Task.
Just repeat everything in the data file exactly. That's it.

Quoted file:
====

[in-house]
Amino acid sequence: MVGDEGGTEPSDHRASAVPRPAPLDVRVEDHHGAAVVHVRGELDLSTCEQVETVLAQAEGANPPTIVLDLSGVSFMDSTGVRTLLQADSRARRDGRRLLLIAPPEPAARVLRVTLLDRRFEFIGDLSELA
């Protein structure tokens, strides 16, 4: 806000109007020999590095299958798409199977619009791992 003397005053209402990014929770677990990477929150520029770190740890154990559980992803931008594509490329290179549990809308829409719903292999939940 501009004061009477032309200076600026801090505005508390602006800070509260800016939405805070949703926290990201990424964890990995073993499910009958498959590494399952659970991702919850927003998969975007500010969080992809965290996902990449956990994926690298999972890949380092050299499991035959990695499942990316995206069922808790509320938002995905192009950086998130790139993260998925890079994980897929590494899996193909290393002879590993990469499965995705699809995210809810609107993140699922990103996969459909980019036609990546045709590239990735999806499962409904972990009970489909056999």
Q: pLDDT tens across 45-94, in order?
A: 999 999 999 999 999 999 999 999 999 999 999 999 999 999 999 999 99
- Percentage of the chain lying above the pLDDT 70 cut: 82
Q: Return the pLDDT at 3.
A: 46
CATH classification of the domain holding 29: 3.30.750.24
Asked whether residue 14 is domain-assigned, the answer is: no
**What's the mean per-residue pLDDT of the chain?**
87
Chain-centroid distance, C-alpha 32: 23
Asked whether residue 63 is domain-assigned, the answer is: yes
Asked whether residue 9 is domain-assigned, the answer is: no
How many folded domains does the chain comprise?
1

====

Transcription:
[in-house]
Amino acid sequence: MVGDEGGTEPSDHRASAVPRPAPLDVRVEDHHGAAVVHVRGELDLSTCEQVETVLAQAEGANPPTIVLDLSGVSFMDSTGVRTLLQADSRARRDGRRLLLIAPPEPAARVLRVTLLDRRFEFIGDLSELA
């Protein structure tokens, strides 16, 4: 806000109007020999590095299958798409199977619009791992 003397005053209402990014929770677990990477929150520029770190740890154990559980992803931008594509490329290179549990809308829409719903292999939940 501009004061009477032309200076600026801090505005508390602006800070509260800016939405805070949703926290990201990424964890990995073993499910009958498959590494399952659970991702919850927003998969975007500010969080992809965290996902990449956990994926690298999972890949380092050299499991035959990695499942990316995206069922808790509320938002995905192009950086998130790139993260998925890079994980897929590494899996193909290393002879590993990469499965995705699809995210809810609107993140699922990103996969459909980019036609990546045709590239990735999806499962409904972990009970489909056999």
Q: pLDDT tens across 45-94, in order?
A: 999 999 999 999 999 999 999 999 999 999 999 999 999 999 999 999 99
- Percentage of the chain lying above the pLDDT 70 cut: 82
Q: Return the pLDDT at 3.
A: 46
CATH classification of the domain holding 29: 3.30.750.24
Asked whether residue 14 is domain-assigned, the answer is: no
**What's the mean per-residue pLDDT of the chain?**
87
Chain-centroid distance, C-alpha 32: 23
Asked whether residue 63 is domain-assigned, the answer is: yes
Asked whether residue 9 is domain-assigned, the answer is: no
How many folded domains does the chain comprise?
1